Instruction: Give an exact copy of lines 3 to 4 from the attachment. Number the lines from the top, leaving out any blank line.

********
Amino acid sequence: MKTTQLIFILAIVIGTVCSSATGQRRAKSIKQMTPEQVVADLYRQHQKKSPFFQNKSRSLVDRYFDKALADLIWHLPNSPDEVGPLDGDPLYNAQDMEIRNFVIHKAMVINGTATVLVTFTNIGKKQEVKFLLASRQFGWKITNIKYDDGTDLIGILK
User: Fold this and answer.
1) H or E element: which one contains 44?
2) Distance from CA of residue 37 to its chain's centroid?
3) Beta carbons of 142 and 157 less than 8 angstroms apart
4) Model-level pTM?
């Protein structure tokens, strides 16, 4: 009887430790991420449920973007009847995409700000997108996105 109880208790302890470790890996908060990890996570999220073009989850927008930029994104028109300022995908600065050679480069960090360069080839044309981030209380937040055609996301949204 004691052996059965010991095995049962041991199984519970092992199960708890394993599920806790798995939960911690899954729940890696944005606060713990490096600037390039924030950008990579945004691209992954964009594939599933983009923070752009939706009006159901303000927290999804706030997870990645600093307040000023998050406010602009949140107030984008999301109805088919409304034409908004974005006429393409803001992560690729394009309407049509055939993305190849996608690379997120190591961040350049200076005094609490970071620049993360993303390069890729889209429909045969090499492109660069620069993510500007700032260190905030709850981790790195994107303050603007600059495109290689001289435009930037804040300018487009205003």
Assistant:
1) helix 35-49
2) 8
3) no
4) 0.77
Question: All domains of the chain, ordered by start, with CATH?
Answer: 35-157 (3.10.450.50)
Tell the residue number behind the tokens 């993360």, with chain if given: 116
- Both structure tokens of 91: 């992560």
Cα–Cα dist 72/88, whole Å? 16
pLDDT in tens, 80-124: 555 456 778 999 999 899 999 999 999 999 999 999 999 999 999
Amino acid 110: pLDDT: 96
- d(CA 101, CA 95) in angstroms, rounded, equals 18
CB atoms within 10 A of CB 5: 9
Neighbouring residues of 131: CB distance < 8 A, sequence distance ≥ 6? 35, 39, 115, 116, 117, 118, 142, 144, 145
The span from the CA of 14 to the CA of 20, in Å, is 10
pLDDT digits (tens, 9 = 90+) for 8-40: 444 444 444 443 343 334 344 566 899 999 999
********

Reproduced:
1) H or E element: which one contains 44?
2) Distance from CA of residue 37 to its chain's centroid?